Study: 'Christian' Movies Earn More than those with Sex, Obscenities
A recent study that looked at top box office movies from 1998 through 2006 has found that films with a strong Christian worldview tend to perform better at the theatres than those that include explicit sex and nudity and/or extreme foul language.
|PIC1|A recent study that looked at top box office movies from 1998 through 2006 has found that films with a strong Christian worldview tend to perform better at the theatres than those that include explicit sex and nudity and/or extreme foul language.
The study, which is a dissection of a larger 120-page report that spans nine years, was written up by Dr. Ted Baehr, publisher of MovieGuide - a Christian movie review publication that attempts to alert parents of movie subject matter. It shows that "Christian" films - films with a strong Christian worldview - make anywhere from two to seven times more in ticket sales than those with explicit sex and nudity.
The findings are far different than the "sex sells" formula that has been a cliché trademark of American advertising, which uses it to legitimise media's use of mature content.
"Hollywood pundits and advertisers on Madison Avenue like to tell the press that sex, nudity and obscenity sells best," expressed Baehr in the report, "but nothing could be further from the truth."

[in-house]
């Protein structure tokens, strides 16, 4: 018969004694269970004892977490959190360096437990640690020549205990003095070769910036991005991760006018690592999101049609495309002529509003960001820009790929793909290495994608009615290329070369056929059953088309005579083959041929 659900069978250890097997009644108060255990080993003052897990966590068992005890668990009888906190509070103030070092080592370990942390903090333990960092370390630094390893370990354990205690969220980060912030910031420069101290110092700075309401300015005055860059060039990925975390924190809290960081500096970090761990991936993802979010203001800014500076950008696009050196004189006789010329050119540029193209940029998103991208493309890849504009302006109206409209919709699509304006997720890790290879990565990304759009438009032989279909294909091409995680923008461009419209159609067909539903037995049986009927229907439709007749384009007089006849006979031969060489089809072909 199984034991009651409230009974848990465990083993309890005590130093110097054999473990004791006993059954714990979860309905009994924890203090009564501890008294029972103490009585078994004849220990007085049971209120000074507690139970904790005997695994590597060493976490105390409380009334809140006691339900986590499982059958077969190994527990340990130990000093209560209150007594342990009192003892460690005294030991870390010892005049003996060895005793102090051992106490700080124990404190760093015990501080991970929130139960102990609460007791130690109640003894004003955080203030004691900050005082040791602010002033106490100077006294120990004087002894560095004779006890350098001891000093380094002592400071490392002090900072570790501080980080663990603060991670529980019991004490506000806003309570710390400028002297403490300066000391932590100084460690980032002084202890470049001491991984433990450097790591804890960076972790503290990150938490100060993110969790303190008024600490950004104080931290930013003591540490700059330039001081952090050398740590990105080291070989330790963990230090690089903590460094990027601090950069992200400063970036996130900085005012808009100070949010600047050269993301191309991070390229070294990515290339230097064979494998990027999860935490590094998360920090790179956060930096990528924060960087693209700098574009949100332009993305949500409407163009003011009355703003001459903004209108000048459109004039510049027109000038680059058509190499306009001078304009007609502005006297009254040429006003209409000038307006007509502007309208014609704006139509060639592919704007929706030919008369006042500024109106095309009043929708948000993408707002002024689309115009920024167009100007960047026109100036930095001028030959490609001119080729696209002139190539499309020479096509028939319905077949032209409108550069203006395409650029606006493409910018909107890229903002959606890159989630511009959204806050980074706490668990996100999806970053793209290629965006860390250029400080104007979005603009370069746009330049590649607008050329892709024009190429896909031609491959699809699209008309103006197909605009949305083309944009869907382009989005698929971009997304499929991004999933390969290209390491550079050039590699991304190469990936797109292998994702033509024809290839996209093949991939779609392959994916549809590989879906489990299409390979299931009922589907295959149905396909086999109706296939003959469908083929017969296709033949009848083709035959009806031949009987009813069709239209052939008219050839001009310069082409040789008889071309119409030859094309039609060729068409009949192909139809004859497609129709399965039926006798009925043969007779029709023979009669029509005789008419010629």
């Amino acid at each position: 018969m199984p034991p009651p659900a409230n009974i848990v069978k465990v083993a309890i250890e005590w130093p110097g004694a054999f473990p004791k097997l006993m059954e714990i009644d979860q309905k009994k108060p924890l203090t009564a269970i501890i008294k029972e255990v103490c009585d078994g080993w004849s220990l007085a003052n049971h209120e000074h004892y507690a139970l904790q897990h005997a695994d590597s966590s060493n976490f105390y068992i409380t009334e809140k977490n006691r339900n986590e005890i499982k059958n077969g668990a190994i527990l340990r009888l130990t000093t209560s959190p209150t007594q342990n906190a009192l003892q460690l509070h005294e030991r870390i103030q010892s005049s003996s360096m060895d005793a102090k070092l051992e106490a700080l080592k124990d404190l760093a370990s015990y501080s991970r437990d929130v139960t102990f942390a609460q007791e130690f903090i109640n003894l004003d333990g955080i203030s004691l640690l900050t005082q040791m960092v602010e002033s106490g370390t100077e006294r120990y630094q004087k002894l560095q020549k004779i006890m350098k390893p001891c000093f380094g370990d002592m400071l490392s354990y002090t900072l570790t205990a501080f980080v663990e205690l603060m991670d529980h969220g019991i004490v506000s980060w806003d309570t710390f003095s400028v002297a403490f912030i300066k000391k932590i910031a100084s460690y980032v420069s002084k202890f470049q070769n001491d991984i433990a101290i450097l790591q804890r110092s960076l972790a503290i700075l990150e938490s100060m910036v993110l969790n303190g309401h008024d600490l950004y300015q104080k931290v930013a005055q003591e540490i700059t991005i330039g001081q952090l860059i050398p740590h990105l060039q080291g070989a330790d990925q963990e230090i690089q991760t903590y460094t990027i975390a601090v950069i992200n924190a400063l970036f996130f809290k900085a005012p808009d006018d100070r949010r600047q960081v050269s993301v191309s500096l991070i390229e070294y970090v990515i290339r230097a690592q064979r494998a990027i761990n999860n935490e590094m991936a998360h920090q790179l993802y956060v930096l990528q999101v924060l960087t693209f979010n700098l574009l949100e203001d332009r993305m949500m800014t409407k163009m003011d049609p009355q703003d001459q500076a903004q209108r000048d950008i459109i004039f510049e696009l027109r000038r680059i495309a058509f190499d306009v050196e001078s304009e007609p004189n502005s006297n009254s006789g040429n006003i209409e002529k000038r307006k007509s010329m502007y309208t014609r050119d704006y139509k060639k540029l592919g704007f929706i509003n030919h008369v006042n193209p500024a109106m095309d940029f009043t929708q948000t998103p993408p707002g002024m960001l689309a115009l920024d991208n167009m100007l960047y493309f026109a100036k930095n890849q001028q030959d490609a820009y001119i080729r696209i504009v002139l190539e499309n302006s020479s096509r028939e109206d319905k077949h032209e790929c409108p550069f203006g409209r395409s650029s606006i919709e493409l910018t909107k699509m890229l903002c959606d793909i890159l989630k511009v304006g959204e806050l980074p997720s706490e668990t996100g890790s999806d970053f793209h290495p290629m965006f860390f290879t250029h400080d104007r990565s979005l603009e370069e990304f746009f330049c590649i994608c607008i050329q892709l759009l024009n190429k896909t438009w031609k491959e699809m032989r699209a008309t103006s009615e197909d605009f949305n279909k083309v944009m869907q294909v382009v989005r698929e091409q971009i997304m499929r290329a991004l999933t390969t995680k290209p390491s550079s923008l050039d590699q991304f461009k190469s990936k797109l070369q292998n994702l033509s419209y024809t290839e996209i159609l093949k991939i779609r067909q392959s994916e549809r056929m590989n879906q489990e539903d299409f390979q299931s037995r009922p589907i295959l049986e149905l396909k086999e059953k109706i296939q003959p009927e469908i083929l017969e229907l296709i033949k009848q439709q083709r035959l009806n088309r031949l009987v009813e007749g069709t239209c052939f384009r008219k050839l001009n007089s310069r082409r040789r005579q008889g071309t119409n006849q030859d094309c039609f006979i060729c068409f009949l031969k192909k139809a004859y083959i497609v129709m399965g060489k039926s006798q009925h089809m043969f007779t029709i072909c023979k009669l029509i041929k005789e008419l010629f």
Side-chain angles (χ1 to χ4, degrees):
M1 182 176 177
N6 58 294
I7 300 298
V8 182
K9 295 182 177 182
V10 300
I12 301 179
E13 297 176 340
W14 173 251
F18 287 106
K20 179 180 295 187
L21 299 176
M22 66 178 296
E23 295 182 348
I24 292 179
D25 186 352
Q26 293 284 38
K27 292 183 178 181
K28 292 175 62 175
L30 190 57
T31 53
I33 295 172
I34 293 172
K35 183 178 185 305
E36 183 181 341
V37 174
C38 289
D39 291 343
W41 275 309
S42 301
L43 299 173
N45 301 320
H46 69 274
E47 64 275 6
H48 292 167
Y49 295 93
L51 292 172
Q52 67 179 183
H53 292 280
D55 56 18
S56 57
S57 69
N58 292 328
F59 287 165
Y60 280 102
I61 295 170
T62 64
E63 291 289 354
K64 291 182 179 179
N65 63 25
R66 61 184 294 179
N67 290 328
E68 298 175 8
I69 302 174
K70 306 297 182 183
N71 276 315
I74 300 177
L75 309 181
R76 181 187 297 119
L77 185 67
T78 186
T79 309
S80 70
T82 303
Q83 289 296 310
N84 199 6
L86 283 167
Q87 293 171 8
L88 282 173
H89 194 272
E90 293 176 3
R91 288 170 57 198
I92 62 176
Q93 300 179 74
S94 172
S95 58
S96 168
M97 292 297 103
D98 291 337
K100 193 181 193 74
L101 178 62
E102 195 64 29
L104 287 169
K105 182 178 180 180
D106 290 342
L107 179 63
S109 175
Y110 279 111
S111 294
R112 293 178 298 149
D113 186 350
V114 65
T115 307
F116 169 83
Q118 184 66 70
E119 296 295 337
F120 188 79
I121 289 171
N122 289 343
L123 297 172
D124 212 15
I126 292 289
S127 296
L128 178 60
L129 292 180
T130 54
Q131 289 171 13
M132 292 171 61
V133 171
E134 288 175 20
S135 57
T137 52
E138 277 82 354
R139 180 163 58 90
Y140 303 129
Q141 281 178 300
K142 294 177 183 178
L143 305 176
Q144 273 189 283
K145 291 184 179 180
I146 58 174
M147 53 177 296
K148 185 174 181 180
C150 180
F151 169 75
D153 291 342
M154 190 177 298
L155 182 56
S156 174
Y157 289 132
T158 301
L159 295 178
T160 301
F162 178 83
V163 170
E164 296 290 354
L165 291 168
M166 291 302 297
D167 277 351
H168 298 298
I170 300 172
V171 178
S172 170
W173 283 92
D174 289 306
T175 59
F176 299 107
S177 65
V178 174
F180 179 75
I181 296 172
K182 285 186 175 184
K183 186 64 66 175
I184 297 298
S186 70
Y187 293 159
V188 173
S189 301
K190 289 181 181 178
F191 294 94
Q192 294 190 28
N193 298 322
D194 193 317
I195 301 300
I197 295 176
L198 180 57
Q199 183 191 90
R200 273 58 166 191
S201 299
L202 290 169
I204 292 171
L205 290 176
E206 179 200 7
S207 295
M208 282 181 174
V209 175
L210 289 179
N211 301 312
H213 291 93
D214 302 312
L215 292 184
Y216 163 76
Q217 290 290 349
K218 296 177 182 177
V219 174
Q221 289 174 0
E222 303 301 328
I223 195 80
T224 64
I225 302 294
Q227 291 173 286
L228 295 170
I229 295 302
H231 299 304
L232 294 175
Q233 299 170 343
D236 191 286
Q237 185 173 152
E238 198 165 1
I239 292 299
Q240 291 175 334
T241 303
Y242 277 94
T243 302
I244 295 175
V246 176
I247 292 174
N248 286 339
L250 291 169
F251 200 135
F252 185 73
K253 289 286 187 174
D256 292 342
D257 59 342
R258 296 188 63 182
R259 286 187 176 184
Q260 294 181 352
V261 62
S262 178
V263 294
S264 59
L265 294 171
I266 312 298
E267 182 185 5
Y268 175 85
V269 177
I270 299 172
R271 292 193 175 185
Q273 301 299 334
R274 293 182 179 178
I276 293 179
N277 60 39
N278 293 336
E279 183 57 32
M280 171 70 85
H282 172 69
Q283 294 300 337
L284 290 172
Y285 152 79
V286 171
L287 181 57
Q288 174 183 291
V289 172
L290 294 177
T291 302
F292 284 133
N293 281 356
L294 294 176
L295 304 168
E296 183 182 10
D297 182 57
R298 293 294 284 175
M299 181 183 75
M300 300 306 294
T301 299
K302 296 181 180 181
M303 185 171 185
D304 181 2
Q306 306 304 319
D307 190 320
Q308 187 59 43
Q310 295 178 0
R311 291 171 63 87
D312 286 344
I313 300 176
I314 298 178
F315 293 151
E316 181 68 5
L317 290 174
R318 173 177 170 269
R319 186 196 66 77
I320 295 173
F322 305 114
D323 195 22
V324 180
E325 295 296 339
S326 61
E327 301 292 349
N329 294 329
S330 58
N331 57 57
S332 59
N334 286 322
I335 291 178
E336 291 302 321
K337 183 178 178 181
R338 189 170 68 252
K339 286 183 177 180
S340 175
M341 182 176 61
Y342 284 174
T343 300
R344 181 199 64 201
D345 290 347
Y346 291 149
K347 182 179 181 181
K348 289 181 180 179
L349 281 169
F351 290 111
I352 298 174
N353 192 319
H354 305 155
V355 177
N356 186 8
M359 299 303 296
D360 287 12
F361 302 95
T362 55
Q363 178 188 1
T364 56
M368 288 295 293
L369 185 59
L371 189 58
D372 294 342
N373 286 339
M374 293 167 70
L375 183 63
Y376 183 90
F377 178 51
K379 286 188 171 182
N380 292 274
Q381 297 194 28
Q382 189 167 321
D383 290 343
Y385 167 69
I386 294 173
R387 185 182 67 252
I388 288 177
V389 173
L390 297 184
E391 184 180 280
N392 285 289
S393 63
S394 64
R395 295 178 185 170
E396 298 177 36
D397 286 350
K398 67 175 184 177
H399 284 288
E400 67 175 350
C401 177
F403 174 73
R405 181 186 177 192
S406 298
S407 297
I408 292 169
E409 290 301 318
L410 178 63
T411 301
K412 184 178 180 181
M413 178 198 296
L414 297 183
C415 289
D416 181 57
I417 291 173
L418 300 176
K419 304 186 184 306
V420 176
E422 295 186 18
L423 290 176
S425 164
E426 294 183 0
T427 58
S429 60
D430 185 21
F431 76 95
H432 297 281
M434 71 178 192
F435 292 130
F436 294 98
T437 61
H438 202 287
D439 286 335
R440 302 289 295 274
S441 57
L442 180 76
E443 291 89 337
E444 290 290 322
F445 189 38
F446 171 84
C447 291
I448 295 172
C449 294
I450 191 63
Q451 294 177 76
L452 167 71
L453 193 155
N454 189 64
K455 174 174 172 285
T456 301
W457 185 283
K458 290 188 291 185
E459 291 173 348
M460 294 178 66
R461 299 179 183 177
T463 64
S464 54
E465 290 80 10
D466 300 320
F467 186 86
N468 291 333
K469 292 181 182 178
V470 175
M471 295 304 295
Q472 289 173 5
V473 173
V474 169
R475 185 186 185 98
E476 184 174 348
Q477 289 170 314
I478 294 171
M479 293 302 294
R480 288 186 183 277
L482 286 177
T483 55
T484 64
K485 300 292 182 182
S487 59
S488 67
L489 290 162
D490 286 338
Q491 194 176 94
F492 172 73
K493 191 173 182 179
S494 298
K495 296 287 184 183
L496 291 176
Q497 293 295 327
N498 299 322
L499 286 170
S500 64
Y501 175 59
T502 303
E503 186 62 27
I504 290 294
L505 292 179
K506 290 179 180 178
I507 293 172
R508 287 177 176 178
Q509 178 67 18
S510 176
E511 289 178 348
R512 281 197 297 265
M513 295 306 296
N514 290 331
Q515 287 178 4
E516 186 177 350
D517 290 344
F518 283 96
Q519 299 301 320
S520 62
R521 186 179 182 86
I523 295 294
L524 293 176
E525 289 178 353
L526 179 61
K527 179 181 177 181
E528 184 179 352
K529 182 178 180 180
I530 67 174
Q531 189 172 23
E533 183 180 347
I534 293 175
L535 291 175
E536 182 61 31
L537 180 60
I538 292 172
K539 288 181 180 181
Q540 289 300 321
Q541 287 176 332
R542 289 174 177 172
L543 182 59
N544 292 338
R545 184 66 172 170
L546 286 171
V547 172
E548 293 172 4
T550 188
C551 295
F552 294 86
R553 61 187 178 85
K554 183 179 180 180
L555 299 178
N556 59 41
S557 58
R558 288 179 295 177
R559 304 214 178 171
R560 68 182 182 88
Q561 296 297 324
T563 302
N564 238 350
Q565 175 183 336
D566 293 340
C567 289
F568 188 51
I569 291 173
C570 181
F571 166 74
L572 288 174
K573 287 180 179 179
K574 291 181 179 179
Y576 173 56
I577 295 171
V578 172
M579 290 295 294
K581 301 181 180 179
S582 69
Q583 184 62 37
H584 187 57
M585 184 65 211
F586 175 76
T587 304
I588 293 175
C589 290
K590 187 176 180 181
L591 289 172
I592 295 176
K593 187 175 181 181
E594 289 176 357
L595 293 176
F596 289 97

According to the study, the highest and lowest averages for films with a strong Christian worldview were between $106.3 million per movie and $30.1 million per movie, respectively. Those films that have strong profanity, sex, and/or nudity had a range of high-lows from $27.7 million per movie to $6.3 million per movie, respectively.
"Thus, the vast majority of moviegoers...prefer positive Christian movies with morally uplifting content," said Baehr in the write-up.
He added, "If Hollywood executives and filmmakers want to make more money at the box office, they should make more movies that reflect a very strong Christian worldview with very strong moral values."
The study also lists a detailed account for the box office average for each of the nine examined years for those movies with strong Christian worldview values and those with explicit sex, nudity, and foul language.